Ankylosing spondylitis is an inflammatory back disease that can cause severe and chronic pain. The pain experts at Valley Medical and Wellness know how to diagnose ankylosing spondylitis pain and prescribe the most effective treatment for that pain.
What is Ankylosing Spondylitis (AS)?
Ankylosing spondylitis, also known as AS, is an inflammatory disease that can cause some of the vertebrae in the spine to fuse. When these bones fuse, the spine becomes less flexible, often resulting in a hunched posture. This can make it more difficult to breathe and result in chronic pain.
There is no cure for this disease, although treatment can alleviate the resulting pain, lessen symptoms, and, in some instances, slow the progression of the disease.
What Are the Symptoms of Ankylosing Spondylitis?
Symptoms of AS typically begin in early adulthood, between the ages of 17 and 45. Early symptoms typically include back pain and stiffness in the lower back and hips, especially in the morning and after periods of inactivity. Some individuals also experience hip pain, neck pain, joint pain, and fatigue. These symptoms can sometimes improve or worsen at unpredictable intervals.
What Areas of the Body Are Affected?
Ankylosing spondylitis can affect the following areas of the body:
- The vertebrae in the lower back
- The joint between the base of the spine and the pelvis
- The places where tendons and ligaments attach to bones, mainly in the spine, but sometimes along the back of the heel
- The cartilage between the breastbone and the ribs
- The hip and shoulder joints
What Causes AS?
At present we do not know what causes ankylosing spondylitis, although genetic factors appear to be involved. In particular, people who have a gene called HLA-B27 are at an increased risk of developing AS, although not all people with this gene develop the condition.
How is AS Treated?
AK is typically treated by a combination of therapies, which can include:
- Exercise and regular physical activity to slow the progression of the disease
- Nonsteroidal anti-inflammatory drugs (NSAIDs), including ibuprofen (Advil®) and naproxen (Aleve®), to reduce inflammation and resulting pain
- Disease-modifying anti-rheumatic drugs (DMARDs), such as sulfasalazine, to reduce joint swelling and resulting pain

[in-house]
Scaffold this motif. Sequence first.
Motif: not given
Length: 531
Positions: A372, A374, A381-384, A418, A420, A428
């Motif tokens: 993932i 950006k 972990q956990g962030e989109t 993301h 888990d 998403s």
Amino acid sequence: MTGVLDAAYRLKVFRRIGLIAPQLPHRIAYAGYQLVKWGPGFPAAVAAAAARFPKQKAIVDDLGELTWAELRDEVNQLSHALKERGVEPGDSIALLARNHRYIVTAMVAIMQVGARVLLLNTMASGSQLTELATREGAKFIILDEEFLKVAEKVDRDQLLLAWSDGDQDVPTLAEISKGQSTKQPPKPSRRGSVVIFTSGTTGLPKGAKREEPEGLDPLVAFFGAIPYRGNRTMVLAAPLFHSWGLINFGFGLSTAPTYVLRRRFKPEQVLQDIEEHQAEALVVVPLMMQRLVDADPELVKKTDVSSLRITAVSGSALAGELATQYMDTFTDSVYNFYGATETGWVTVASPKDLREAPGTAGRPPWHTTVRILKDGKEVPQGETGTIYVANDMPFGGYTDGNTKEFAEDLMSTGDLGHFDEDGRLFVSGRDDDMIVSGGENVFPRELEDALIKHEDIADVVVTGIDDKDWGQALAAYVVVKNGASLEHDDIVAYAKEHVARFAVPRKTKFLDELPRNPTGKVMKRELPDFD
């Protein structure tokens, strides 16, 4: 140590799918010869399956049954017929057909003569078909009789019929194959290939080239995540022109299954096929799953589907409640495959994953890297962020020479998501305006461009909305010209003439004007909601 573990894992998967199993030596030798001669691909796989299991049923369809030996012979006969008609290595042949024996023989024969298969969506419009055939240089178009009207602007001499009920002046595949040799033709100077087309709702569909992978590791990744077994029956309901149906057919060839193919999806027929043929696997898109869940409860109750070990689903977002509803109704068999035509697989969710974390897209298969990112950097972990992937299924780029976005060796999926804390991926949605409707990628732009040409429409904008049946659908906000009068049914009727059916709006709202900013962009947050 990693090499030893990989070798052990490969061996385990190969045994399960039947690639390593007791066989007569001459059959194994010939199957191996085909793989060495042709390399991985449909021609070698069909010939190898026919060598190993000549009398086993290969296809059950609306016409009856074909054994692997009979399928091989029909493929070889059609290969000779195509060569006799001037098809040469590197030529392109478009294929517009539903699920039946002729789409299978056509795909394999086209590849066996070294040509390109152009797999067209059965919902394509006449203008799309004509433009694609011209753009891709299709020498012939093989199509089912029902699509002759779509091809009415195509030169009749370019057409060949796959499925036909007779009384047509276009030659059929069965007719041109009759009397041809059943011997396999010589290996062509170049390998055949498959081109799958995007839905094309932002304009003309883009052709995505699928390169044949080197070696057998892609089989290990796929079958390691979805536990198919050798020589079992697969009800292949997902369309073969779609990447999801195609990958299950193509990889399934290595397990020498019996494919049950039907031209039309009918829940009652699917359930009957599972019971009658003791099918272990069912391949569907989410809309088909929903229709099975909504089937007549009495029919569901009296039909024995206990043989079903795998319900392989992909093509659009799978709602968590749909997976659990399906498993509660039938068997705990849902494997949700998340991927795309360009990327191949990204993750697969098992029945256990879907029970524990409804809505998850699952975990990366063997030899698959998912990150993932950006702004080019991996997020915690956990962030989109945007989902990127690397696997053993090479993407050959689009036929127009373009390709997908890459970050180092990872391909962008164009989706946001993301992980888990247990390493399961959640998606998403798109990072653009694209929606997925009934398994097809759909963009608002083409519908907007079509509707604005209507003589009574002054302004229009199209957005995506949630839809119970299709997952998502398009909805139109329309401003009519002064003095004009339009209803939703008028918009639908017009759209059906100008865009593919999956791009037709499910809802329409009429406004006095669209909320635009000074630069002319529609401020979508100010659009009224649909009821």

- Corticosteroid injections to temporarily ease joint inflammation and resulting pain
- Surgery to replace affected joints and correct curved spine
How to Deal with AS-Related Pain
If you are suffering from chronic pain related to ankylosing spondylitis, you may need to turn to pain relief medication. At Valley Medical and Wellness we can prescribe a variety of pain medications to reduce chronic pain. Depending on your individual condition, we may recommend some or all of the following:
- Nonsteroidal anti-inflammatory drugs (NSAIDs), including ibuprofen (Advil®) and naproxen (Aleve®)
- Corticosteroid injections
- Buprenorphine (Suboxone®)
Treating AS Pain with Buprenorphine
Of these options, buprenorphine and similar opioids are most effective against significant, long-lasting pain. They work by attaching themselves to opioid receptors in the brain, blocking the body’s pain signals from being sent to the brain.
Considering all the available opioids, the pain experts at Valley Medical often recommend buprenorphine for chronic pain patients. Buprenorphine binds to the opioid receptors in the brain in a different way than other opioids, rendering it safe for long periods while reducing the risk of opioid tolerance. This makes buprenorphine highly effective in blocking the persistent effects of chronic pain resulting from ankylosing spondylitis.
Let the Pain Experts at Valley Medical Reduce Your AS-Related Pain
If you are seeking relief from chronic AS pain, Valley Medical’s friendly and experienced pain management experts will guide you on your road to a normal life without pain. Our pain management program is designed to help patients regain maximum function while minimizing dependence on opioids for pain relief. We consider each patient’s specific needs, customize the type and dosage of medication for each patient, and closely monitor each patient’s progress over time.
Make an appointment today at one of our five convenient clinic locations in Burnsville, Minneapolis, Woodbury, Rochester, and Bemidji. To learn more, call us at (612) 444-3000.